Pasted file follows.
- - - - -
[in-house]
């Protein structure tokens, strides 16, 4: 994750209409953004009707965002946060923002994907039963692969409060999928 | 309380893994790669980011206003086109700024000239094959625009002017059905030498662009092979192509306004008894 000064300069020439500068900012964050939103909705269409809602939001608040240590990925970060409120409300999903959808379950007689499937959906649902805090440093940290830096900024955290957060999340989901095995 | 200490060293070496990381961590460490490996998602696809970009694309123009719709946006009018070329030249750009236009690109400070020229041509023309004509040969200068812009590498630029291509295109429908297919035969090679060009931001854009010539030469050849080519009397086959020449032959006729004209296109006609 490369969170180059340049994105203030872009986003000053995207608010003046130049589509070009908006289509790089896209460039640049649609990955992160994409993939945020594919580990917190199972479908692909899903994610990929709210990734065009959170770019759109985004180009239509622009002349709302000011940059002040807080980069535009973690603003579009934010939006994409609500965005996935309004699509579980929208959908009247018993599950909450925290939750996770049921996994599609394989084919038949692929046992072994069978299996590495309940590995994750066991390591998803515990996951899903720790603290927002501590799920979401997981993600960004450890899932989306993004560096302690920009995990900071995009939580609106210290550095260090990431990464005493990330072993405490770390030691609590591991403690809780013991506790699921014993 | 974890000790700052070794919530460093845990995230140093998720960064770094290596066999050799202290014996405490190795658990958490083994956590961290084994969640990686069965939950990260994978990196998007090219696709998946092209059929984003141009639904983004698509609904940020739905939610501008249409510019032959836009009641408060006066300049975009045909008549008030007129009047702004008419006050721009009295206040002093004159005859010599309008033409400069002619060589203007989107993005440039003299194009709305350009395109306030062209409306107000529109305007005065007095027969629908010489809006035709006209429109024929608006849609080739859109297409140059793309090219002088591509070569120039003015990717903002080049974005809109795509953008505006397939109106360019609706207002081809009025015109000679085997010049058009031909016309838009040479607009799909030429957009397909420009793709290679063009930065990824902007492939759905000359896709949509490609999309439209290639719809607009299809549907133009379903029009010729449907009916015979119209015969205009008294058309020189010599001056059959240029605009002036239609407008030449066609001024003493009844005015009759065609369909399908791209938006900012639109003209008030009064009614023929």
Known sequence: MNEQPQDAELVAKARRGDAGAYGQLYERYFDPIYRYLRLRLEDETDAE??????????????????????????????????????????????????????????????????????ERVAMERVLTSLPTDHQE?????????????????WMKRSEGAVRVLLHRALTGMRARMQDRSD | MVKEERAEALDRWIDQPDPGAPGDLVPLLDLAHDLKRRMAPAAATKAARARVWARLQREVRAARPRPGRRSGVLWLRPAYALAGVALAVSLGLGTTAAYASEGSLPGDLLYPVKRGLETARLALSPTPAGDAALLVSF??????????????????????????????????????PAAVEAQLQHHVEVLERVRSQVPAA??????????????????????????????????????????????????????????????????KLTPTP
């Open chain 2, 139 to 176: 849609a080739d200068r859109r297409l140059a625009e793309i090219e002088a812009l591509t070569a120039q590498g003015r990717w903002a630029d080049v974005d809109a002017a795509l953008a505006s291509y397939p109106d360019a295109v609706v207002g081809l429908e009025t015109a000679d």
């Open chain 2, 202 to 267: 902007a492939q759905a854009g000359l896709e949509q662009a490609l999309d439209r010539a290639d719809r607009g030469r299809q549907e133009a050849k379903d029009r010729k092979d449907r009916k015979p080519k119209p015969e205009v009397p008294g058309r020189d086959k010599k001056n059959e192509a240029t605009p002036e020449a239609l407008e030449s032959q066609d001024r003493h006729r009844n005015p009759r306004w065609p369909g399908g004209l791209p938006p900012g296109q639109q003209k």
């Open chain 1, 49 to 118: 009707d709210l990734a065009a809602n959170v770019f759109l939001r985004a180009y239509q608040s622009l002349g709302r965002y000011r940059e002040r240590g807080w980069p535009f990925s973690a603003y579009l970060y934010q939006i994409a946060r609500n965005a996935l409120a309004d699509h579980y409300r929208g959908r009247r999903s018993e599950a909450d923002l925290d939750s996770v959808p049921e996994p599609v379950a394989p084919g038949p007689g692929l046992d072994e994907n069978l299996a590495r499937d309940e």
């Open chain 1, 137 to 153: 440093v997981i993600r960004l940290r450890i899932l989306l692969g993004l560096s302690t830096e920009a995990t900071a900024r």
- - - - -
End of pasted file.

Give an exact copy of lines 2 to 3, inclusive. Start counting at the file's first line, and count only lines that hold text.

């Protein structure tokens, strides 16, 4: 994750209409953004009707965002946060923002994907039963692969409060999928 | 309380893994790669980011206003086109700024000239094959625009002017059905030498662009092979192509306004008894 000064300069020439500068900012964050939103909705269409809602939001608040240590990925970060409120409300999903959808379950007689499937959906649902805090440093940290830096900024955290957060999340989901095995 | 200490060293070496990381961590460490490996998602696809970009694309123009719709946006009018070329030249750009236009690109400070020229041509023309004509040969200068812009590498630029291509295109429908297919035969090679060009931001854009010539030469050849080519009397086959020449032959006729004209296109006609 490369969170180059340049994105203030872009986003000053995207608010003046130049589509070009908006289509790089896209460039640049649609990955992160994409993939945020594919580990917190199972479908692909899903994610990929709210990734065009959170770019759109985004180009239509622009002349709302000011940059002040807080980069535009973690603003579009934010939006994409609500965005996935309004699509579980929208959908009247018993599950909450925290939750996770049921996994599609394989084919038949692929046992072994069978299996590495309940590995994750066991390591998803515990996951899903720790603290927002501590799920979401997981993600960004450890899932989306993004560096302690920009995990900071995009939580609106210290550095260090990431990464005493990330072993405490770390030691609590591991403690809780013991506790699921014993 | 974890000790700052070794919530460093845990995230140093998720960064770094290596066999050799202290014996405490190795658990958490083994956590961290084994969640990686069965939950990260994978990196998007090219696709998946092209059929984003141009639904983004698509609904940020739905939610501008249409510019032959836009009641408060006066300049975009045909008549008030007129009047702004008419006050721009009295206040002093004159005859010599309008033409400069002619060589203007989107993005440039003299194009709305350009395109306030062209409306107000529109305007005065007095027969629908010489809006035709006209429109024929608006849609080739859109297409140059793309090219002088591509070569120039003015990717903002080049974005809109795509953008505006397939109106360019609706207002081809009025015109000679085997010049058009031909016309838009040479607009799909030429957009397909420009793709290679063009930065990824902007492939759905000359896709949509490609999309439209290639719809607009299809549907133009379903029009010729449907009916015979119209015969205009008294058309020189010599001056059959240029605009002036239609407008030449066609001024003493009844005015009759065609369909399908791209938006900012639109003209008030009064009614023929």
Known sequence: MNEQPQDAELVAKARRGDAGAYGQLYERYFDPIYRYLRLRLEDETDAE??????????????????????????????????????????????????????????????????????ERVAMERVLTSLPTDHQE?????????????????WMKRSEGAVRVLLHRALTGMRARMQDRSD | MVKEERAEALDRWIDQPDPGAPGDLVPLLDLAHDLKRRMAPAAATKAARARVWARLQREVRAARPRPGRRSGVLWLRPAYALAGVALAVSLGLGTTAAYASEGSLPGDLLYPVKRGLETARLALSPTPAGDAALLVSF??????????????????????????????????????PAAVEAQLQHHVEVLERVRSQVPAA??????????????????????????????????????????????????????????????????KLTPTP